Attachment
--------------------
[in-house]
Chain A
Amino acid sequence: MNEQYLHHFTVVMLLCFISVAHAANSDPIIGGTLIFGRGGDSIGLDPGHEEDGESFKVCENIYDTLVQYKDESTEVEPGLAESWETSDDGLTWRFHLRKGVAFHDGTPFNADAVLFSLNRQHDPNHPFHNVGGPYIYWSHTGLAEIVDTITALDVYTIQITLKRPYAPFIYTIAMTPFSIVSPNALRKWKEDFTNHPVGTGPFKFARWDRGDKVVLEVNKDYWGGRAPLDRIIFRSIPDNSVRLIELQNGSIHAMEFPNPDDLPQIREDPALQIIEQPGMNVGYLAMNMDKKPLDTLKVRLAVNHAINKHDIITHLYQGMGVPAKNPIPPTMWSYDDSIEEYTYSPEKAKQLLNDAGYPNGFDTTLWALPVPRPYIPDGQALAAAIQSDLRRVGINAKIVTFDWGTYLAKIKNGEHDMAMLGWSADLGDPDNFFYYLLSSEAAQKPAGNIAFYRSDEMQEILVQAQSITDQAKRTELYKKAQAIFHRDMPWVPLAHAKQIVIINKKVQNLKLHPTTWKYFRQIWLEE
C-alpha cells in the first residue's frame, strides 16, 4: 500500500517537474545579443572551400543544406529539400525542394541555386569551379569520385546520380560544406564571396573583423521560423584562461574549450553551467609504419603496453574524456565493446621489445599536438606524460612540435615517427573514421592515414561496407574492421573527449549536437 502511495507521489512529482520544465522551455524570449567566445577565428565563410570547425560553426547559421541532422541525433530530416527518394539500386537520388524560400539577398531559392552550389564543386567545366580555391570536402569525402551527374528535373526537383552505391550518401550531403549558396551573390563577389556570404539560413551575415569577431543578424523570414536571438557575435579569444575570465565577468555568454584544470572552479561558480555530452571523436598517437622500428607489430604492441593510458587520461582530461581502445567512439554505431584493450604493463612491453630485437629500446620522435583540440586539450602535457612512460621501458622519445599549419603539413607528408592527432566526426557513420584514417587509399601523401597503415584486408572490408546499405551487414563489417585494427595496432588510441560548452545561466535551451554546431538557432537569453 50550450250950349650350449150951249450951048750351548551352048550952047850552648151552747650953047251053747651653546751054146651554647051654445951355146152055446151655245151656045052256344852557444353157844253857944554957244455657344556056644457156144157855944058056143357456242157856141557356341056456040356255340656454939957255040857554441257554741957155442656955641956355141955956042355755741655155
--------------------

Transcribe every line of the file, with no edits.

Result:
[in-house]
Chain A
Amino acid sequence: MNEQYLHHFTVVMLLCFISVAHAANSDPIIGGTLIFGRGGDSIGLDPGHEEDGESFKVCENIYDTLVQYKDESTEVEPGLAESWETSDDGLTWRFHLRKGVAFHDGTPFNADAVLFSLNRQHDPNHPFHNVGGPYIYWSHTGLAEIVDTITALDVYTIQITLKRPYAPFIYTIAMTPFSIVSPNALRKWKEDFTNHPVGTGPFKFARWDRGDKVVLEVNKDYWGGRAPLDRIIFRSIPDNSVRLIELQNGSIHAMEFPNPDDLPQIREDPALQIIEQPGMNVGYLAMNMDKKPLDTLKVRLAVNHAINKHDIITHLYQGMGVPAKNPIPPTMWSYDDSIEEYTYSPEKAKQLLNDAGYPNGFDTTLWALPVPRPYIPDGQALAAAIQSDLRRVGINAKIVTFDWGTYLAKIKNGEHDMAMLGWSADLGDPDNFFYYLLSSEAAQKPAGNIAFYRSDEMQEILVQAQSITDQAKRTELYKKAQAIFHRDMPWVPLAHAKQIVIINKKVQNLKLHPTTWKYFRQIWLEE
C-alpha cells in the first residue's frame, strides 16, 4: 500500500517537474545579443572551400543544406529539400525542394541555386569551379569520385546520380560544406564571396573583423521560423584562461574549450553551467609504419603496453574524456565493446621489445599536438606524460612540435615517427573514421592515414561496407574492421573527449549536437 502511495507521489512529482520544465522551455524570449567566445577565428565563410570547425560553426547559421541532422541525433530530416527518394539500386537520388524560400539577398531559392552550389564543386567545366580555391570536402569525402551527374528535373526537383552505391550518401550531403549558396551573390563577389556570404539560413551575415569577431543578424523570414536571438557575435579569444575570465565577468555568454584544470572552479561558480555530452571523436598517437622500428607489430604492441593510458587520461582530461581502445567512439554505431584493450604493463612491453630485437629500446620522435583540440586539450602535457612512460621501458622519445599549419603539413607528408592527432566526426557513420584514417587509399601523401597503415584486408572490408546499405551487414563489417585494427595496432588510441560548452545561466535551451554546431538557432537569453 50550450250950349650350449150951249450951048750351548551352048550952047850552648151552747650953047251053747651653546751054146651554647051654445951355146152055446151655245151656045052256344852557444353157844253857944554957244455657344556056644457156144157855944058056143357456242157856141557356341056456040356255340656454939957255040857554441257554741957155442656955641956355141955956042355755741655155